Then all becomes clear. These Japanese were conducting a large scale series of medical experiments on POWs and it turns out the Australians, stubborn bastards to a man, were particularly hard to kill. Many of these POWs have survived in the tunnels under the laboratories, becoming mutants as a result of exposure to gas and drugs in the early stage of testing. They wear muzzles that make it impossible to eat. Despite this, they have survived, presumably eating animals caught in the nearby jungle (sic). Food walking into the mine is a godsend for them and they do manage to chomp away at bits of those they catch (cunningly taking their muzzles off when we’re not looking or something). As our explorers look around this facility, there’s no sign of any food yet, in due course, they meet the inevitable Japanese soldier who’s refused to believe the war has ended. At least he’s good for explaining about the experiments even if we have no idea how he could have survived for seventy years without any obvious source of food or water to drink. Nor does Rie think to ask him why he turned on the lights and offered inspirational music when they came into the mine.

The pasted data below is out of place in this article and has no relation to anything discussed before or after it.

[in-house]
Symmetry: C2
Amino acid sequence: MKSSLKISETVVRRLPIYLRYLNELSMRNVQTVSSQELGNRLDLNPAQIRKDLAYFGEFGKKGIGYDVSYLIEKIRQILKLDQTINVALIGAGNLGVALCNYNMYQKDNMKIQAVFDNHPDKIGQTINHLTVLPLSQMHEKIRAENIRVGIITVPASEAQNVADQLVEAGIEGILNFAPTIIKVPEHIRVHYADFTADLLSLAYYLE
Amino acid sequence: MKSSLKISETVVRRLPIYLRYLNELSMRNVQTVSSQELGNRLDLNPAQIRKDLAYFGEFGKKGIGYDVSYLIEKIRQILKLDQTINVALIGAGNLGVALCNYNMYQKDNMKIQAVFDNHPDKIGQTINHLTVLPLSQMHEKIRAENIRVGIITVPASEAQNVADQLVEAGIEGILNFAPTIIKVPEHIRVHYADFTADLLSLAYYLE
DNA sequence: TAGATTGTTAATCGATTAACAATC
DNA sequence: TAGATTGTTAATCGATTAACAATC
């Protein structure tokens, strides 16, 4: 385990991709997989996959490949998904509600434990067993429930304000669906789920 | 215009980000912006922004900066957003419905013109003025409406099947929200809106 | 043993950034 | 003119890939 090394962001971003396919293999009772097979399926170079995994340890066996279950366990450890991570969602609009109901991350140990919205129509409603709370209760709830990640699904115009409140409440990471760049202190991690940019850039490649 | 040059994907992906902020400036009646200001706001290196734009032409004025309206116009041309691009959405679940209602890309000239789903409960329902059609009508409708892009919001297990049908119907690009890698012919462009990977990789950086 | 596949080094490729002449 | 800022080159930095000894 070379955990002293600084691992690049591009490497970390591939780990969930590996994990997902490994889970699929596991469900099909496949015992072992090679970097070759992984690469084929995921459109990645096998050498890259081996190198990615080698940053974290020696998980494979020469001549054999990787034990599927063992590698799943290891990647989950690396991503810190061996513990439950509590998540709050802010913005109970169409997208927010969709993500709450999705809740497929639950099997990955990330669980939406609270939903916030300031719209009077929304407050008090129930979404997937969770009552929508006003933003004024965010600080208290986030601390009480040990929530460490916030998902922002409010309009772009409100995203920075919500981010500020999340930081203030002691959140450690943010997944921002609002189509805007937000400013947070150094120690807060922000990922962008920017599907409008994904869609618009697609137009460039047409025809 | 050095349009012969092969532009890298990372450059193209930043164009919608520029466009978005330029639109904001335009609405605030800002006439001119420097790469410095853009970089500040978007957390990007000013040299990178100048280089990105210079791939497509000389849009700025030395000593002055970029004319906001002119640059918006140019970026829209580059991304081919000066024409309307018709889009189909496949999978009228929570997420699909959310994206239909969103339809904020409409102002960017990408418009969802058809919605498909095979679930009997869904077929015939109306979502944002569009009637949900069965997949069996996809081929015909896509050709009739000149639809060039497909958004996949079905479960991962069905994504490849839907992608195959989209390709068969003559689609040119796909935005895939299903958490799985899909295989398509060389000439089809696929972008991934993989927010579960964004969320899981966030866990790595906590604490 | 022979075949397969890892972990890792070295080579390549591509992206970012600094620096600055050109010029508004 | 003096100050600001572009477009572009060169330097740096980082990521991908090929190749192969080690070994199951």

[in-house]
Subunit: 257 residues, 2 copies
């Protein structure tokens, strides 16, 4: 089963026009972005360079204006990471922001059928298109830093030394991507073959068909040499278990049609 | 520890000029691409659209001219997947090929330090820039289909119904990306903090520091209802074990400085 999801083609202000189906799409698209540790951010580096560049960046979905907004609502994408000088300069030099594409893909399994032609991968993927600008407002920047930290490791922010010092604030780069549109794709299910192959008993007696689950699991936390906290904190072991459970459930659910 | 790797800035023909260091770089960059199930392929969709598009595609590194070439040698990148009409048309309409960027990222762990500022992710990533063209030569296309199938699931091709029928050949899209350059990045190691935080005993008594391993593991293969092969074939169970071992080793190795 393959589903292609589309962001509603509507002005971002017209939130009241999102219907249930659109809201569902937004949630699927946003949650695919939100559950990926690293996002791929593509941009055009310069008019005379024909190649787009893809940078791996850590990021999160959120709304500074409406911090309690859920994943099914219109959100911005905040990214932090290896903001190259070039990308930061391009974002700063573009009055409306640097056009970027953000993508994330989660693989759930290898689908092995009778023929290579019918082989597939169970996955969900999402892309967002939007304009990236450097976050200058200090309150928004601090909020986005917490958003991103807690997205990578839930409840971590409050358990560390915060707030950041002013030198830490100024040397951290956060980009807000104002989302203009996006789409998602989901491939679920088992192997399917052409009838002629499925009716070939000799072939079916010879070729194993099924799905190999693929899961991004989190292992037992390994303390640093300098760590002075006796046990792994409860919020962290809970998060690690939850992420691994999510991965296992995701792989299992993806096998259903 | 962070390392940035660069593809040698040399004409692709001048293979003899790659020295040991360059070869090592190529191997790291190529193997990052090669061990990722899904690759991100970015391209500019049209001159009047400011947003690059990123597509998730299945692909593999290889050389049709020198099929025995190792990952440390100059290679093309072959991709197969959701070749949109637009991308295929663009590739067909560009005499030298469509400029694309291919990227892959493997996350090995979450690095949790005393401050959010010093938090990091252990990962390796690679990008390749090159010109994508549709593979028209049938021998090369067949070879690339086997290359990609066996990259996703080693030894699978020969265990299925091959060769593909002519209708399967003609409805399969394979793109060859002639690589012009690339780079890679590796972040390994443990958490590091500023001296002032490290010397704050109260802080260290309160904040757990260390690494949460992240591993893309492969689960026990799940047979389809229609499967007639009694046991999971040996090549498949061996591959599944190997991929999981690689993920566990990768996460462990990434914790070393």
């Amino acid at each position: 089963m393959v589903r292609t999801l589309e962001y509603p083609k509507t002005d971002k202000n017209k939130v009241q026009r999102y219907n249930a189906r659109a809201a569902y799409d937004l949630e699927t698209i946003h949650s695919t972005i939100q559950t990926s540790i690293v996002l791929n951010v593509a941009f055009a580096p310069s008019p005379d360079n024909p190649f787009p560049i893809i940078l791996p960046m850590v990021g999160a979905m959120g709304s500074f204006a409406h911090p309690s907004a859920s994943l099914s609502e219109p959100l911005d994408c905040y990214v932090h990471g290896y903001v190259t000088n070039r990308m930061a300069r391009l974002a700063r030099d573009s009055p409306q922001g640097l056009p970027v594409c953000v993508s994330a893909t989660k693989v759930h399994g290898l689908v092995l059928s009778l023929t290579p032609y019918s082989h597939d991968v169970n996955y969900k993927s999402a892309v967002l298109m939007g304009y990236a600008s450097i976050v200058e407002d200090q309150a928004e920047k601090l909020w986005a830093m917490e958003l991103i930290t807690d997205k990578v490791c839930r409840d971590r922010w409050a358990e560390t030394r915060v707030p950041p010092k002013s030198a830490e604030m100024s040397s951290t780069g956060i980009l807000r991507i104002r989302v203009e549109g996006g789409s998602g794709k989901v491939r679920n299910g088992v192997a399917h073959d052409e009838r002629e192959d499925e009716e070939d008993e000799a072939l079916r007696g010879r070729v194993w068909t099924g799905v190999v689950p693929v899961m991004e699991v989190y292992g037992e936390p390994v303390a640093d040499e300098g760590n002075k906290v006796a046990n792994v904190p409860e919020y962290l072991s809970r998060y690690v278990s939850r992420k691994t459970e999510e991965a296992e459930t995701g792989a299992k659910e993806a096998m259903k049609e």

At this point, everything gets really silly (no, really, it wasn’t silly up to now). Yes, those medical researchers made the key breakthrough that has eluded modern scientists and produced the serum to manufacture supersoldiers. Tino Prawa and Papa Ular trigger the mousetrap. Squadrons of samurai warriors lurch into life and leave the mine. Except, just when the silliness ended and we were about to get into the meat of the action, the film stopped dead in its tracks. This is now a military emergency on Sulawesi. The Japanese troops would begin slaughtering everyone they come across. When the military and civil authorities deal with this and trace everything back to the mine, they will find all the written descriptions of the experiments and samples of the formula. What will they do with this information? I could go on but the screenwriters should have had a field day pursuing the logic of their set-up. There were wonderful opportunities for fighting in the jungle, planes dropping high-explosive bombs, firing rockets, and so on. Followed by knowledge explosions as the mine gives up its secrets. What would the world’s largest Islamic nation do with a formula to make supersoldiers?
Expecting people to pay to see content of this calibre is an insult. On HBO, viewers might have enjoyed the performances of Ario Bayu and Bang Tigor as the more effective soldiers, while Miki Muzuno shines as the only one with any intelligence (although quite what her real motives are for being there is not explained). Sam Hazeldine gives a reasonable performance. Everyone else is wooden and unconvincing. So Dead Mine is dead on arrival and should have gone straight to video.